Readings for Thursday of the First Week in Advent: Isaiah 26:1-6; Psalms 118; Matthew 7:21, 24-27

In today's Gospel reading, Jesus compares those who hear his words and do them versus those who do not, using the imagery of building a house upon rock or upon sand.  (Matthew 7:24-27) With those verses as inspiration, I penned the following short poem:

On rock or sand? It seems so clear.

What to build my life upon, O God, my Dear

I hear your words; seek to do your will

Will either foundation my desires fulfill?

For the sand is soft; it feels good under my feet

It’s easy to walk on; glimmers in the heat

I think I’ll lie down and rest before I build

There’s plenty of time; no threats that might kill

Yet beyond the horizon, I see a large rock

It protrudes from the earth; there’s a path that it blocks

I get up and draw closer, not knowing at first why

Then I notice the darkening clouds in the sky

With haste, I arrive at the stone

I cannot explain it, the feeling I’m no longer alone

But the wind is swirling, the storm is near

Upon the rock I notice an inscription: “A wise man builds here”

Quickly, I commence with the chore

Four walls, a roof, a makeshift door

The rain falls; the floods come; wind beats upon the shack

Despite all odds, my dwelling survives the attack

The storm finally passes, I step outside

There’s no more reason to run or hide

I look to the sky and cry out loud

How, O Lord, did your grace abound?

“Simple,” He says, as I begin to smile

“You took the less traveled path; walked the extra mile”

“But,” He paused, “even more important than that”

“You did the will of my Father in heaven during this Advent.”

God love you.


"Death is certain; life is short and vanishes like smoke.  Fix your minds then on the Passion of our Lord Jesus Christ."  - St. Francis of Paola

A couple of weeks ago, I was on my daily morning run.  Almost every day, I run the same distance of 4 miles using the same route.  Basically, I run two miles out and two miles back to my house.  Half the route is within my subdivision, while the other half takes me out onto a two-lane FM road.  For most of that portion, there isn't much of a shoulder on either side of the road; just some gravel, dirt, and then weeds and/or grass.

On this particular morning, when I came to the two mile mark (where I always turn around), I decided to keep going.  I can't really explain why.  On occasion, I will do 5 miles instead of 4, but that wasn't my intention as I kept running on this day.  I just kept going.  I ended up running about another quarter of a mile and then turned around to head back home.  After about another mile or so, while still on the FM road, I noticed a pickup truck about 100 yards ahead coming my direction at an above average speed.  Without warning, the truck veered off the road almost completely and onto the gravel/dirt shoulder, straddling the two for several seconds.  Even though the truck was still well ahead of me, I quickly moved to the left off of the road and shoulder.  The driver eventually noticed what had happened and corrected himself before he got to me.  As he passed by, he gave me a small wave to acknowledge his error.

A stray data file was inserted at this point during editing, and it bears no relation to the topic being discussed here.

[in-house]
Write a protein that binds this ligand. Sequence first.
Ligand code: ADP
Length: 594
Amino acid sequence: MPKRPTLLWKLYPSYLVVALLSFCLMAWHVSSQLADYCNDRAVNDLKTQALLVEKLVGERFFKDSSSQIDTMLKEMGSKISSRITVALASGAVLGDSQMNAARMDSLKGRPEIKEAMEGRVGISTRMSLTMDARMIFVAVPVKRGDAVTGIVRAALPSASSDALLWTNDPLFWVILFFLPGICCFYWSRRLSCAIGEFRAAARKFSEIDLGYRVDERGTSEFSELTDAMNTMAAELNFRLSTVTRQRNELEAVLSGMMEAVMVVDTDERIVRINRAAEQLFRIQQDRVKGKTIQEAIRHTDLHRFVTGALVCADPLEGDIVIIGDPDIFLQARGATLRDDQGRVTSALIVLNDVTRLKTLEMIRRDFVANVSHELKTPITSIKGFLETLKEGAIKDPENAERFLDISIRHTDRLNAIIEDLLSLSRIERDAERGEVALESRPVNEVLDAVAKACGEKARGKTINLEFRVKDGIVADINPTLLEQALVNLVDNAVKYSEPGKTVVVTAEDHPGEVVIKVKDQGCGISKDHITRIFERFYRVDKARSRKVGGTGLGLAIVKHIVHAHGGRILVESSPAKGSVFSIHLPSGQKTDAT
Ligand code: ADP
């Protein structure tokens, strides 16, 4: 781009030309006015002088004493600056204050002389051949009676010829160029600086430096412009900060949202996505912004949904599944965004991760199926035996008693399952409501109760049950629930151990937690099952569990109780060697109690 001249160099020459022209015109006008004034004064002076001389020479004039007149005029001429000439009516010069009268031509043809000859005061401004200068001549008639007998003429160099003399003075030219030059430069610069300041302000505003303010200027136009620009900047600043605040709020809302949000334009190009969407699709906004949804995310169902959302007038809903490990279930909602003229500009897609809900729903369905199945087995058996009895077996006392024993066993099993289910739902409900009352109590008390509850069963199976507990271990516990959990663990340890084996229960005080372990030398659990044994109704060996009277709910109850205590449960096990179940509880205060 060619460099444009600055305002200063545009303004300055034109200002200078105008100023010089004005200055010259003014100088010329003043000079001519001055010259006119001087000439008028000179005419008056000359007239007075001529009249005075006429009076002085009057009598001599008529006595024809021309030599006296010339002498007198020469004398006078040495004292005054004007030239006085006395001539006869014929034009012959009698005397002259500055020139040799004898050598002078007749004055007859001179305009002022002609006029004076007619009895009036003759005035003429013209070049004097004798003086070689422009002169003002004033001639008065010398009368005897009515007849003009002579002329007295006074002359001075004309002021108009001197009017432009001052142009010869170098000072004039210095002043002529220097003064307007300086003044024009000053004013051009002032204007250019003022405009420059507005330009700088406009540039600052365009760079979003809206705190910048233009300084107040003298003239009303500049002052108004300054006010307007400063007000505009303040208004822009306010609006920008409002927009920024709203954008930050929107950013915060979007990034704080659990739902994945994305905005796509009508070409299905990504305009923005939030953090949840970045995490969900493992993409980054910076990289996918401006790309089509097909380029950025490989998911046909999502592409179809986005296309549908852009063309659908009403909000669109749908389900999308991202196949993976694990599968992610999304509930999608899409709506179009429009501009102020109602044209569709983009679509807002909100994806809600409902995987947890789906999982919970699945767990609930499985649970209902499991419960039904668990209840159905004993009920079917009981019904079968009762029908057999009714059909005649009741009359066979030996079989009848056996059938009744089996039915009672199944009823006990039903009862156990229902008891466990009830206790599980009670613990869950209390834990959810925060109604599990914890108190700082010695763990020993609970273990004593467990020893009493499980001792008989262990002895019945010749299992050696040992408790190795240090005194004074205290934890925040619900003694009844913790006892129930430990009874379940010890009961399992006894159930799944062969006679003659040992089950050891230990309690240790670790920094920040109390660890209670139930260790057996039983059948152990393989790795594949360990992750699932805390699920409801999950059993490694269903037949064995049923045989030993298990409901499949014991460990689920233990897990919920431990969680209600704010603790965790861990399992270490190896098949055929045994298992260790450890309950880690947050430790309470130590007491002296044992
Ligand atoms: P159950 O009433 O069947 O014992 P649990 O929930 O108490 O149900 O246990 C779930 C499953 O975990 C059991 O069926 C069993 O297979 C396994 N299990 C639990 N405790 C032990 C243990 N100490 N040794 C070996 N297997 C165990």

I continued my run and didn't think anything of the event for another minute or two.  Then it hit me like a ton of bricks.  If I had done my normal 4 mile run (turning around where I usually do), I  likely would have been in the exact location--or at least the proximate vicinity--where the truck ran off the road.  Given that scenario, the speed at which the truck was traveling, and the suddenness of his swerve, the chances are slim that I would have been able to avoid him.  In other words, running that additional quarter of a mile probably saved my life that morning.

Of course, this was no mere coincidence or a simple piece of good luck.  God watches over each of us as a loving Father every single day of our lives.  Without His love, His mercy, His grace . . . we would not exist, could not rise every morning, could not so much as take a breath of air into our lungs.  Yet most days we walk around this earth like little gods, demanding this, thinking we are entitled to that, grumbling about our difficulties, trying to control every single aspect or our lives.

We woud do well to remember the words of the psalmist: "Teach us to counts our days aright, that we may gain wisdom of heart."  (Psalms 90:12)  Because the truth is, this wasn't the first time God had protected me from danger or harm.  There have been several other times in my life that I can recall where I was keenly aware of God's intervention or protection over me--many times when I was too stupid to protect myself.  My guess is that you can recall these times in your life too.  But what about all those countless times that we haven't been aware of it?  All the times God has watched over and protected us, but we never realized it?

One of the worst aspects of the modern, secular world we live in is the loss of the sense of the supernatural; the loss of the belief in miracles.  But miracles happen everyday, we just usually don't realize it.  As G.K. Chesterton once said, "The sense of the miracle of humanity itself should be always more vivid to us than any marvels of power, intellect, art, or civilization."  (Orthodoxy)  Modern man in the twenty-first century has turned this truth on its head.

If we hold fast to the reality of the miraculous, however, it frees us to live with true joy, thankful for each and every day that God gives us.  As Jesus told us, He came so that we "might have life, and have it more abundantly."  (John 10:10)  Not merely life . . . not merely waking up day in and day out and going through the motions, but abundant life . . . life lived with a fullness and peace that surpasses all understanding.  Because in reality, Everything Is Grace--every day, every joy, every suffering, every tear, every breath, every moment.

God love you!